“A Spaceman Came Travelling” by Chris de Burgh
As the story goes Chris De Burgh, who was in his late 20s when he wrote this piece (“A Spaceman Came Travelling”), was going through a trying time in his life during that particular juncture of his earthly existence.
At the time he also came across a book entitled Chariots of the Gods?. The said text, which was written by a Swiss author named Erich von Däniken, played a huge role in the formation of the conspiracy theory, if you will, that extraterrestrials visited and influenced ancient civilizations.
And the fundamental aspect of that idea, that extraterrestrials have in fact directly interacted with human beings in days past, serves as the framework upon which “A Spaceman Came Travelling” is based – well that and the story of Christmas.
Or put more simply, you heard of the Three Wise Men, right? Well according to the account of these individuals as recorded in the Book of Matthew, they were led to Baby Jesus by “his star”.
Said star is commonly referred to as the Star of Bethlehem (since that’s the town where Jesus was born). Furthermore, it has been concluded that it was not a standard celestial body, i.e. one that regularly and predictably appears in the night sky. As such there has long been efforts to identify what exactly the Star of Bethlehem was or is.
Well according to Chris de Burgh, it was a spaceship that “hung in the sky like a star”. Thus the “spaceman (that) came travelling” would be the pilot of that craft.
And it isn’t that the vocalist is trying to put forth that this is what happened literally per se. Or if anything the titular “spaceman” would actually be what in the Bible is referred to as an angel. And in visiting Mary, Baby Jesus, etc., he not only instructs them not to shake but also prophesizes, in musical form, the child’s idealized effect on the world.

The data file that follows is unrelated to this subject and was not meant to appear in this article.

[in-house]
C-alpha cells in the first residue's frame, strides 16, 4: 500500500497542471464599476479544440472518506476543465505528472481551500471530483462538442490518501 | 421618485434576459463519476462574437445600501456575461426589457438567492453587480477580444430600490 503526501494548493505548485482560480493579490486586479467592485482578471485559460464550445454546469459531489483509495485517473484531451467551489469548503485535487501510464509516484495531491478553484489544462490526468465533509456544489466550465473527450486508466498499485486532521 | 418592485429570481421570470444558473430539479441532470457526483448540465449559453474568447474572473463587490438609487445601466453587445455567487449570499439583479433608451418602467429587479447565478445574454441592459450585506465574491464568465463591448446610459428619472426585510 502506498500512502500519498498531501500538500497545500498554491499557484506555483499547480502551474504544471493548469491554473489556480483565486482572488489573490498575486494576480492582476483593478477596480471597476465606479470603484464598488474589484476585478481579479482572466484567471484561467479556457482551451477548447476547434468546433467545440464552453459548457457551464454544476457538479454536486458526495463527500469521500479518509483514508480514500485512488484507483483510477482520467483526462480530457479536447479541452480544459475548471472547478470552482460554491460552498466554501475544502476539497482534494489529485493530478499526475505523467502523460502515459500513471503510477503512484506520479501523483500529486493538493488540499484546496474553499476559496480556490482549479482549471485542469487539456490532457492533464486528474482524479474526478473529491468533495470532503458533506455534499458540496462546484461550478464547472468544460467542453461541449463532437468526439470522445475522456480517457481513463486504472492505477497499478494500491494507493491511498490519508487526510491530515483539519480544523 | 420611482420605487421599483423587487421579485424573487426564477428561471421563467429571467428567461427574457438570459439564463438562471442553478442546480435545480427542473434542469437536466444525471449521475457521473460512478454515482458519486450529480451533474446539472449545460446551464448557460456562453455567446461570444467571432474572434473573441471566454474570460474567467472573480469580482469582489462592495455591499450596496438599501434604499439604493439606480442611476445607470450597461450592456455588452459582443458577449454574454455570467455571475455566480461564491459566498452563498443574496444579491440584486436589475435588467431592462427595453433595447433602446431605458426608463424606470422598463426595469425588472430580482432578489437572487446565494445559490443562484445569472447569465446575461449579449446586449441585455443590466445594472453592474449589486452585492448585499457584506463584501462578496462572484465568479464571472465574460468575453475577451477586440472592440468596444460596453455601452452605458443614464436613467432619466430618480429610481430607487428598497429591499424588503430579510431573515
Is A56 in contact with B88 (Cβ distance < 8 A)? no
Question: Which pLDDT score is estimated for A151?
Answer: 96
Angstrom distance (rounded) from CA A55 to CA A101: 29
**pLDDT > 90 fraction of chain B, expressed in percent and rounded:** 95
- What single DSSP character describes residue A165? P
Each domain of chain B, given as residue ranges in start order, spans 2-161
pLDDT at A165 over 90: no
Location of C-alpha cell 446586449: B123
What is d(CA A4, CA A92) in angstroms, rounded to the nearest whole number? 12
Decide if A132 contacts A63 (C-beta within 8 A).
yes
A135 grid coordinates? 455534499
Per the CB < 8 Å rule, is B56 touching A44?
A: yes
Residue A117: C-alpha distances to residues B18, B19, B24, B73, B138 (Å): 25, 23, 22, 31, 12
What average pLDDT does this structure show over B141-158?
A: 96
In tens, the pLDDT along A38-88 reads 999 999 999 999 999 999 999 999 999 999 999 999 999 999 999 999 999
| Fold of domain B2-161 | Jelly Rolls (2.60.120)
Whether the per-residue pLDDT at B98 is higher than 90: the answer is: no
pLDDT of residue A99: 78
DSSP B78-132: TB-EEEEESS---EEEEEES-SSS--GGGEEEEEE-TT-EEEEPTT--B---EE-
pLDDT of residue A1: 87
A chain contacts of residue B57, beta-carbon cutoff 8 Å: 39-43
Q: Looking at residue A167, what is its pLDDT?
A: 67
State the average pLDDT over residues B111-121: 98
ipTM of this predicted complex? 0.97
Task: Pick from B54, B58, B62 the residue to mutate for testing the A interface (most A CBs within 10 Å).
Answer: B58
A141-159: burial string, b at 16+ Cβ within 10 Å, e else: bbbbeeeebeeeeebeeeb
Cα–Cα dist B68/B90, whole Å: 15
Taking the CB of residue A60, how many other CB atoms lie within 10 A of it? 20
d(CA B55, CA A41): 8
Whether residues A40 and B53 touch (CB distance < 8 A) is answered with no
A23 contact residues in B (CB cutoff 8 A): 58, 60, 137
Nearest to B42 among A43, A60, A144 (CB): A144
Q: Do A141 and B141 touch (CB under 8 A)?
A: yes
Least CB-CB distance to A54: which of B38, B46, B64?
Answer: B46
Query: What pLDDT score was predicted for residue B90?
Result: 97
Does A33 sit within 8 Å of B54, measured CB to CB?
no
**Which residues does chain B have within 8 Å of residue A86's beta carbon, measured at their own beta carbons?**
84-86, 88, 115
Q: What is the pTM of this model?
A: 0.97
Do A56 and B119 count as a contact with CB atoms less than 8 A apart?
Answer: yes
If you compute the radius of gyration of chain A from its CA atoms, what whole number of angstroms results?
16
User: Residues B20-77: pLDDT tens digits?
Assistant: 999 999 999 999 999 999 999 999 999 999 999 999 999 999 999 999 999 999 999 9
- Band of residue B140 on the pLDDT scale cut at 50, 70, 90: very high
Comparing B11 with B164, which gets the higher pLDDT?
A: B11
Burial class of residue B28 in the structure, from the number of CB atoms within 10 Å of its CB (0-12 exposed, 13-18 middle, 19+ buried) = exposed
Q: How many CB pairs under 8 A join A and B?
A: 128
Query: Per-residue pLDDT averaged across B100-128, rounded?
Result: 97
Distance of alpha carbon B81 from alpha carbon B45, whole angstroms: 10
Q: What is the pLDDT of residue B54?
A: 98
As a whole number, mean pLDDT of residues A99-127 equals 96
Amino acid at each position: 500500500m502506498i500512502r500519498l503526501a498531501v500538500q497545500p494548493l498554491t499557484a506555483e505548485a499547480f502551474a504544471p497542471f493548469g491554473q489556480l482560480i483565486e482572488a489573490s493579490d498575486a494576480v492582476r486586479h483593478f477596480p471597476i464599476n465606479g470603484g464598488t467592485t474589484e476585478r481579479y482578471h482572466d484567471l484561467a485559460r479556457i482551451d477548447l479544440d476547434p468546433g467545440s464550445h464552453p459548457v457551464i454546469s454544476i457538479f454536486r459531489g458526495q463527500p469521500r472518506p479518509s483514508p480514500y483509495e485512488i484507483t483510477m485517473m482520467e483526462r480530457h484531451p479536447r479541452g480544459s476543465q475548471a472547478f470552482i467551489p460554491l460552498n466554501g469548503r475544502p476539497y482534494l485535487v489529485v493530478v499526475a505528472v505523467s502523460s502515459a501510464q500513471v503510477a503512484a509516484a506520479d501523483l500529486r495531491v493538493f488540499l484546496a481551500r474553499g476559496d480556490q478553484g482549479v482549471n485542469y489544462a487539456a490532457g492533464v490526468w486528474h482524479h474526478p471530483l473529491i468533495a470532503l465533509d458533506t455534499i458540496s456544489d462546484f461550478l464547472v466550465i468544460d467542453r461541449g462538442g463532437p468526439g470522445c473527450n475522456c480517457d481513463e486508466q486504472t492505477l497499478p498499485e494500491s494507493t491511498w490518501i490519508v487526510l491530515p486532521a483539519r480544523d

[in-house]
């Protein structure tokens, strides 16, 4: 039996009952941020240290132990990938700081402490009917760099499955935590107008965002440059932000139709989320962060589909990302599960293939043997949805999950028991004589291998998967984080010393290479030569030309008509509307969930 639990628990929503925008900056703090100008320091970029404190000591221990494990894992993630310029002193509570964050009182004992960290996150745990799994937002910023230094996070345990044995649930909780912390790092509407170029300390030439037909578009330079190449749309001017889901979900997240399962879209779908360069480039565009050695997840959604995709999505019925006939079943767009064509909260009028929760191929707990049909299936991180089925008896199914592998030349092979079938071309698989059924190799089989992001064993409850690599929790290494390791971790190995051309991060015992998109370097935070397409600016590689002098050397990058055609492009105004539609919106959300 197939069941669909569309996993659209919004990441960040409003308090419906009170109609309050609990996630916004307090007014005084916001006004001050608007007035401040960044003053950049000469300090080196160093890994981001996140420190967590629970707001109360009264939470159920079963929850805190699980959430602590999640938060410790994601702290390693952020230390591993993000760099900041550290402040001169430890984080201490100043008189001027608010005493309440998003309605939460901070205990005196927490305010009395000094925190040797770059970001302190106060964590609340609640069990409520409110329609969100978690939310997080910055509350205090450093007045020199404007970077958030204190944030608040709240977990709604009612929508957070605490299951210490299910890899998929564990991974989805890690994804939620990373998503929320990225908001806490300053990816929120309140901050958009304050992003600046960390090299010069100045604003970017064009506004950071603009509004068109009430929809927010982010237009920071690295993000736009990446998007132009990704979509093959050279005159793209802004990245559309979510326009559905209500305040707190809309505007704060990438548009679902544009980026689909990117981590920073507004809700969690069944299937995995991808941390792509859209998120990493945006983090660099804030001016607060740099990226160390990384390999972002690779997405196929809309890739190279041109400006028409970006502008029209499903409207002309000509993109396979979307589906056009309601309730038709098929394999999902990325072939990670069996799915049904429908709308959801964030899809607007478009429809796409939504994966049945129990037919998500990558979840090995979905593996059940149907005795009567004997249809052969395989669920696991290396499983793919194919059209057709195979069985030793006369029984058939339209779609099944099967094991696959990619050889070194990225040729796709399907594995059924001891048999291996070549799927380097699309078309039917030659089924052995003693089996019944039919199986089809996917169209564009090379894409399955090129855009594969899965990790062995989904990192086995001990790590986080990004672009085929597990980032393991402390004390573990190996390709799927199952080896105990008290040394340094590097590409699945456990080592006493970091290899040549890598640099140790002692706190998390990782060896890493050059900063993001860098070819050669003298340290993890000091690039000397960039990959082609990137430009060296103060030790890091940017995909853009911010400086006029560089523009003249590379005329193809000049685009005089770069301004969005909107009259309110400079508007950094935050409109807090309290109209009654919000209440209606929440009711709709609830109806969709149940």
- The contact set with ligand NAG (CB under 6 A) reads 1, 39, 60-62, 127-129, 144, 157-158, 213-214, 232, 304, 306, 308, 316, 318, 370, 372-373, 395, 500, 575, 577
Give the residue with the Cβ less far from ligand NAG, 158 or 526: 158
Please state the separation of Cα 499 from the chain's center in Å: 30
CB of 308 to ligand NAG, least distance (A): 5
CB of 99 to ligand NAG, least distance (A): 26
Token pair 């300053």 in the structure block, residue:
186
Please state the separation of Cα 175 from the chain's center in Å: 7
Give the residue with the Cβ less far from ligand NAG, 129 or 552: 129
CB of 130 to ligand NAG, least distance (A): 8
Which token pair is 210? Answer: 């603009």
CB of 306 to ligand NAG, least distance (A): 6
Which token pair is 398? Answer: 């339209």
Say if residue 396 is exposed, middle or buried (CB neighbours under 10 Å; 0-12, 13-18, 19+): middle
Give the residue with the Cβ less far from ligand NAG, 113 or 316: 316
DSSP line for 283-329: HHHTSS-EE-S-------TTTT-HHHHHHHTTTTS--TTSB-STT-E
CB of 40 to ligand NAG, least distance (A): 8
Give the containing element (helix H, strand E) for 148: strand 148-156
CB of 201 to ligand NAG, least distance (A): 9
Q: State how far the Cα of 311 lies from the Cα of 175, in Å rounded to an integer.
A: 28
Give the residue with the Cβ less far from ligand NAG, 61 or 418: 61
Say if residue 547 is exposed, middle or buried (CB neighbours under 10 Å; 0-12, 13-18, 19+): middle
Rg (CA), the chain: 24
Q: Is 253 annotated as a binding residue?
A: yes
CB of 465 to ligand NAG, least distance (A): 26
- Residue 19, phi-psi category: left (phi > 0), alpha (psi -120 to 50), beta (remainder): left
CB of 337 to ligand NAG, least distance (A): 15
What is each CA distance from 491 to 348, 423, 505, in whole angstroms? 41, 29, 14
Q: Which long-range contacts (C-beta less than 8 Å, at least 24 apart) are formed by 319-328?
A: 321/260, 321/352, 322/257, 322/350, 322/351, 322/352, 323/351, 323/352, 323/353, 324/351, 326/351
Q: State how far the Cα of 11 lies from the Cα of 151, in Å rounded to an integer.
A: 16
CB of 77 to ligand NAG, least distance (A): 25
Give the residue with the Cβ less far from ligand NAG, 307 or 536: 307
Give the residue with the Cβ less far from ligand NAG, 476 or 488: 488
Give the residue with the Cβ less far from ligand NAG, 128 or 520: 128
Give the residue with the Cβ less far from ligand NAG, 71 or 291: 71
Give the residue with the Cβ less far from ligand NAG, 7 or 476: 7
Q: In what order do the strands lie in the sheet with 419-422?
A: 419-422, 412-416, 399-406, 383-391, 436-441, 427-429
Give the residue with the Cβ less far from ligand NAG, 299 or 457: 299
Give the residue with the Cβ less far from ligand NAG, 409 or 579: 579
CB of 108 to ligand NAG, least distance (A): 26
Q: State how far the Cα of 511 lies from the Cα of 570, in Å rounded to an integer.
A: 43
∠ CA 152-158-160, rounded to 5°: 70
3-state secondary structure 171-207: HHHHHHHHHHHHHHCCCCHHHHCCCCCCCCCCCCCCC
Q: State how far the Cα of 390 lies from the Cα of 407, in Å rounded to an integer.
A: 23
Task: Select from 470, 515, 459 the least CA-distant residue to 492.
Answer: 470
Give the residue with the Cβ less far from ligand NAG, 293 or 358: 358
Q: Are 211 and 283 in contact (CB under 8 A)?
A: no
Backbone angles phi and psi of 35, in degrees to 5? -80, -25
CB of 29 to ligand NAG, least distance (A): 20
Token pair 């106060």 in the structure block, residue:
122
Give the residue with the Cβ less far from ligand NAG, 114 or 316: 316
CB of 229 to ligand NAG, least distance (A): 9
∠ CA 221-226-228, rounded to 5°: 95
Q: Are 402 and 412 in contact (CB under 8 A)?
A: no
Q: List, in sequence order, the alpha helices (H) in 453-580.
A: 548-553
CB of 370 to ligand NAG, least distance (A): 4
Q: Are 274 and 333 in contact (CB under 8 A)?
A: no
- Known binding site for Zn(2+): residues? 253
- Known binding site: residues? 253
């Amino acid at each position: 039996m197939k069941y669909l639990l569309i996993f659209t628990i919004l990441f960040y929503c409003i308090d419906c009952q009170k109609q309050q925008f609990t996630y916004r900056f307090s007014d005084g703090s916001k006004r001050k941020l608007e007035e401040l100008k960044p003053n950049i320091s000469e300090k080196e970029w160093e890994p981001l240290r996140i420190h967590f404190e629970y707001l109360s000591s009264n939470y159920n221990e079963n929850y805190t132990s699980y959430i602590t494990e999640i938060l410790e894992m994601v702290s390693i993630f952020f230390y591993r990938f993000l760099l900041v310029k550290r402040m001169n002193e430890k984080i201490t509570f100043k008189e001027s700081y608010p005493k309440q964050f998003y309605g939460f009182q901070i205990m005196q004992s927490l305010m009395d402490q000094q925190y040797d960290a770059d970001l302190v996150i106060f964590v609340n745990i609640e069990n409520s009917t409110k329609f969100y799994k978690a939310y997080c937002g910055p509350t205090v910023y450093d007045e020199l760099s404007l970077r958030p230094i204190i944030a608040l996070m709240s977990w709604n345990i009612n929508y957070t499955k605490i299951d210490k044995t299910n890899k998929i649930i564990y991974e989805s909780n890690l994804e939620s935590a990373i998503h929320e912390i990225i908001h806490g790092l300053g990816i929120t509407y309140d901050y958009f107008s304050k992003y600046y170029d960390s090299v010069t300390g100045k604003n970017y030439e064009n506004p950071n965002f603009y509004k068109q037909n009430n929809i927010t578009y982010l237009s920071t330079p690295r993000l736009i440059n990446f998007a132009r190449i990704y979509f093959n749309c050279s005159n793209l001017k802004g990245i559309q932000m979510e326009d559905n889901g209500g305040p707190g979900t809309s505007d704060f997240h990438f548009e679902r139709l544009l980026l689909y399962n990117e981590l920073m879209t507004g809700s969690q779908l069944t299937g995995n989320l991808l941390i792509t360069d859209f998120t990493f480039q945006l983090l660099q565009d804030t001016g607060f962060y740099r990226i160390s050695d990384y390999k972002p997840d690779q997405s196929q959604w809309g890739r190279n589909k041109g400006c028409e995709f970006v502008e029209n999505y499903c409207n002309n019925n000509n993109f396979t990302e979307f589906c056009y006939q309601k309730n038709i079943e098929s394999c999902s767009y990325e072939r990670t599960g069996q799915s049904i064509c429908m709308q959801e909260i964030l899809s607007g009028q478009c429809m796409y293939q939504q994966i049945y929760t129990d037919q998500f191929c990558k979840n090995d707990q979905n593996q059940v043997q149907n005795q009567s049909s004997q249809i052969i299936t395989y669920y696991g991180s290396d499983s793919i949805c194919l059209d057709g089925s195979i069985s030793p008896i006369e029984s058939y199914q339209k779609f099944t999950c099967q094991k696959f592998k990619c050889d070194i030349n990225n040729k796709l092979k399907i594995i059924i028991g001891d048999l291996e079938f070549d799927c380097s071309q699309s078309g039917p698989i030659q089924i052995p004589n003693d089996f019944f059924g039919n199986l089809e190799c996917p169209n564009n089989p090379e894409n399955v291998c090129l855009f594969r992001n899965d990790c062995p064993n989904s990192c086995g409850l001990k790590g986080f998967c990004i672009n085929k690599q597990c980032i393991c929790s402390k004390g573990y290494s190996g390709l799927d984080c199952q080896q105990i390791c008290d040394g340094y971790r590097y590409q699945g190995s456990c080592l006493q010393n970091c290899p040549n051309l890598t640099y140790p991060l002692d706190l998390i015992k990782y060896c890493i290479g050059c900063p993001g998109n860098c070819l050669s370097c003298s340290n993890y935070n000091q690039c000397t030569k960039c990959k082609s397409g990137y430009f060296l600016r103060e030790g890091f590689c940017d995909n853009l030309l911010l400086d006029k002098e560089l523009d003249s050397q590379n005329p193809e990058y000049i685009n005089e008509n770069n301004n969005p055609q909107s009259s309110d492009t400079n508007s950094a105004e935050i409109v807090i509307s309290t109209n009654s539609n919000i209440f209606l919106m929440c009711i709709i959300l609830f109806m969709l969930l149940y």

So the end of the first verse going into the second is a creative retelling of the first few passages from Luke 2.
The spaceman’s final message to those he visits is that he must bounce but will return in “2,000 years”. This is likely an allusion to what is called, in religious circles, the Second Coming. Put simply, the messiah’s re-arrival on Earth to firmly establish the Kingdom of God. And it can be deemed that Chris himself is a Christian, taking to account that he closes the story by noting a desire, amongst many, to welcome “the child”, i.e. Jesus, back when he returns.
Conclusively, “A Spaceman Came Travelling” has been adopted by many as a Christmas song. However, to some other listeners, it may not lyrically read as such. But it does effectively and creatively take us back to story upon which the holiday is based, i.e. why, symbolically speaking, stars are placed on top of Christmas trees in the first place.
Chris de Burgh and “A Spaceman Came Travelling”
Chris is a tenured musician who actually began dropping tracks professionally in 1974. And this particular tune is from his second studio album, 1975’s “Spanish Train and Other Stories”.
However, “A Spaceman Came Traveling” is officially listed as being released, through A&M Records, in 1976. And this tune proved to be the first de Burgh ever came out with.
Chris, who is also noted as being an instrumentalist, wrote this song himself, though the track was produced by one Robin Geoffrey Cable.
Upon its initial release, “A Spaceman Came Travelling” topped the Irish Single Chart, with Chris himself being primarily associated with Ireland. However, it didn’t get around to appearing on the UK Singles Chart until 1986, in the aftermath of de Burgh dropping “The Lady in Red“, i.e. his signature song, that same year.